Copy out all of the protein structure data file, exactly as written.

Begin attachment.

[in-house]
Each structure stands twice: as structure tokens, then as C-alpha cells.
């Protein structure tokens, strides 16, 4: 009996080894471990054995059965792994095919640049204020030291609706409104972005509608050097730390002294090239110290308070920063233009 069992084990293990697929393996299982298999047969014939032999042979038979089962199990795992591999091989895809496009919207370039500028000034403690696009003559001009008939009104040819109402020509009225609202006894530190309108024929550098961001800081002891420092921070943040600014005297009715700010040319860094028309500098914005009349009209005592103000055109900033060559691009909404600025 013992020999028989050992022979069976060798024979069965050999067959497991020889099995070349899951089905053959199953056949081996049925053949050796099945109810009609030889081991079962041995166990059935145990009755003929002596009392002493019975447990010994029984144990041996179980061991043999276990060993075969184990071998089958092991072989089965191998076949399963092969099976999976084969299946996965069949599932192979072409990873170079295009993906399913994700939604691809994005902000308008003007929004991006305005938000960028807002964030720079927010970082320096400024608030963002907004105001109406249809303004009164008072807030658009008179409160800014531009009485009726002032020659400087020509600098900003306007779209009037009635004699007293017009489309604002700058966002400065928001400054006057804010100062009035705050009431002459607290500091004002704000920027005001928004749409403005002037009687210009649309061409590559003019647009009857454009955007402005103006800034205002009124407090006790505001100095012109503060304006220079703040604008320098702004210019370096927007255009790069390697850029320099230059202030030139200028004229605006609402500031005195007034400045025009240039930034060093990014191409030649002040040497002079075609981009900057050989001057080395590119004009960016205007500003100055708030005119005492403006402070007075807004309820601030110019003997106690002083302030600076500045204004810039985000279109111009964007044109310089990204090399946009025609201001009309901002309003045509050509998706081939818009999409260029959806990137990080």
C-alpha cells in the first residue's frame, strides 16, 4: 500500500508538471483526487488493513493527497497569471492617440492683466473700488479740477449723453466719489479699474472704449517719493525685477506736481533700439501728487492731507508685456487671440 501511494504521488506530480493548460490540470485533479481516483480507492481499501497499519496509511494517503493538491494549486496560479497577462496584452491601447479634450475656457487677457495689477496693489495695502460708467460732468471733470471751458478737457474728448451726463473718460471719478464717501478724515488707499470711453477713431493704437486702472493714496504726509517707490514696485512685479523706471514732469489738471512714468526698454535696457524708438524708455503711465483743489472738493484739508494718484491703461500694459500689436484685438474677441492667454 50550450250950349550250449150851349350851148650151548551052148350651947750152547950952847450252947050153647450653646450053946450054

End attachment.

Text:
[in-house]
Each structure stands twice: as structure tokens, then as C-alpha cells.
């Protein structure tokens, strides 16, 4: 009996080894471990054995059965792994095919640049204020030291609706409104972005509608050097730390002294090239110290308070920063233009 069992084990293990697929393996299982298999047969014939032999042979038979089962199990795992591999091989895809496009919207370039500028000034403690696009003559001009008939009104040819109402020509009225609202006894530190309108024929550098961001800081002891420092921070943040600014005297009715700010040319860094028309500098914005009349009209005592103000055109900033060559691009909404600025 013992020999028989050992022979069976060798024979069965050999067959497991020889099995070349899951089905053959199953056949081996049925053949050796099945109810009609030889081991079962041995166990059935145990009755003929002596009392002493019975447990010994029984144990041996179980061991043999276990060993075969184990071998089958092991072989089965191998076949399963092969099976999976084969299946996965069949599932192979072409990873170079295009993906399913994700939604691809994005902000308008003007929004991006305005938000960028807002964030720079927010970082320096400024608030963002907004105001109406249809303004009164008072807030658009008179409160800014531009009485009726002032020659400087020509600098900003306007779209009037009635004699007293017009489309604002700058966002400065928001400054006057804010100062009035705050009431002459607290500091004002704000920027005001928004749409403005002037009687210009649309061409590559003019647009009857454009955007402005103006800034205002009124407090006790505001100095012109503060304006220079703040604008320098702004210019370096927007255009790069390697850029320099230059202030030139200028004229605006609402500031005195007034400045025009240039930034060093990014191409030649002040040497002079075609981009900057050989001057080395590119004009960016205007500003100055708030005119005492403006402070007075807004309820601030110019003997106690002083302030600076500045204004810039985000279109111009964007044109310089990204090399946009025609201001009309901002309003045509050509998706081939818009999409260029959806990137990080």
C-alpha cells in the first residue's frame, strides 16, 4: 500500500508538471483526487488493513493527497497569471492617440492683466473700488479740477449723453466719489479699474472704449517719493525685477506736481533700439501728487492731507508685456487671440 501511494504521488506530480493548460490540470485533479481516483480507492481499501497499519496509511494517503493538491494549486496560479497577462496584452491601447479634450475656457487677457495689477496693489495695502460708467460732468471733470471751458478737457474728448451726463473718460471719478464717501478724515488707499470711453477713431493704437486702472493714496504726509517707490514696485512685479523706471514732469489738471512714468526698454535696457524708438524708455503711465483743489472738493484739508494718484491703461500694459500689436484685438474677441492667454 50550450250950349550250449150851349350851148650151548551052148350651947750152547950952847450252947050153647450653646450053946450054